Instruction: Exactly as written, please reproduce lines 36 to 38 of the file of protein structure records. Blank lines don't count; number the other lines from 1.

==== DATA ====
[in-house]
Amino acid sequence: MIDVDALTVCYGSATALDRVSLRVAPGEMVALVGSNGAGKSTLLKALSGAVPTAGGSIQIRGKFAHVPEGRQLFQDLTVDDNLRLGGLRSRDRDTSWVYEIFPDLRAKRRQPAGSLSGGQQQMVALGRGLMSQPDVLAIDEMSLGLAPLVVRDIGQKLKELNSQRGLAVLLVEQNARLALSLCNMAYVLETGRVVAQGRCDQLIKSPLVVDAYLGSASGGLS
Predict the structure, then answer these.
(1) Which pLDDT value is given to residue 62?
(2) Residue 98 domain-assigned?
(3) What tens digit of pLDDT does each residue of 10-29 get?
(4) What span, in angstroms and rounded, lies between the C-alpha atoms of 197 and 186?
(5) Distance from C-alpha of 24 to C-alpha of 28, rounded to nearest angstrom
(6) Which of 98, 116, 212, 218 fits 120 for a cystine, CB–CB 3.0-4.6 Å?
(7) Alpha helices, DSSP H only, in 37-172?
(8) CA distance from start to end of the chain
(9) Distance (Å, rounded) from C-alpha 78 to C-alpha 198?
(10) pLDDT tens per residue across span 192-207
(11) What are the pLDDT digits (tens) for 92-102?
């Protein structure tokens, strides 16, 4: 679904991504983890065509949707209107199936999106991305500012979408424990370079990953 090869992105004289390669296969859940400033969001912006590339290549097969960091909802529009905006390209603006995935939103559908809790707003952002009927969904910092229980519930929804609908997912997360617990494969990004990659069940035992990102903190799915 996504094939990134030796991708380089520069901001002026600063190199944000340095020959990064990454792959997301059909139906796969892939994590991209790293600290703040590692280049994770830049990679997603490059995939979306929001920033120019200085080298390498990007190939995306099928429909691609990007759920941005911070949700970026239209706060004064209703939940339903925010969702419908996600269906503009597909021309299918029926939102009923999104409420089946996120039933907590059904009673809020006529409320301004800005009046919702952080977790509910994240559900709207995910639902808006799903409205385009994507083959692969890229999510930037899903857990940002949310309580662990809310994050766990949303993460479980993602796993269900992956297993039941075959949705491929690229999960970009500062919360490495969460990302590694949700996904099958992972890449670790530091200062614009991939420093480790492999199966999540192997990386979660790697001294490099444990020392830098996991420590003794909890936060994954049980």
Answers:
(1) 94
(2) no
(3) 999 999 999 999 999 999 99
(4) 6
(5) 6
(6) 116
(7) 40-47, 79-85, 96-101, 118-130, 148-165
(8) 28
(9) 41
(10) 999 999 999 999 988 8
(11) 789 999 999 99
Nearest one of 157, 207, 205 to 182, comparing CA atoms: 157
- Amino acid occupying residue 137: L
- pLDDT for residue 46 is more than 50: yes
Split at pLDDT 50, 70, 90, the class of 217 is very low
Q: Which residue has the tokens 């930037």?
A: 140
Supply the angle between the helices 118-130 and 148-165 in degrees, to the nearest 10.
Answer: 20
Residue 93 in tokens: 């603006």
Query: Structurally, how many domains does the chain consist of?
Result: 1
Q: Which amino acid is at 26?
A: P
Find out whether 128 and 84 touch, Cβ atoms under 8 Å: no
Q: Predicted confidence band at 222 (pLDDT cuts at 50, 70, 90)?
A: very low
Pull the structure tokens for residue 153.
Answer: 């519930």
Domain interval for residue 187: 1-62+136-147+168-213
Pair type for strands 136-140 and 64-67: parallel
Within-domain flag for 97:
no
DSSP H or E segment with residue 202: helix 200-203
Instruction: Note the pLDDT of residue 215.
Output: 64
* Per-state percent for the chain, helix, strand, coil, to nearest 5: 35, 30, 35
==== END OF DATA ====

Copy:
Residue 93 in tokens: 């603006």
Query: Structurally, how many domains does the chain consist of?
Result: 1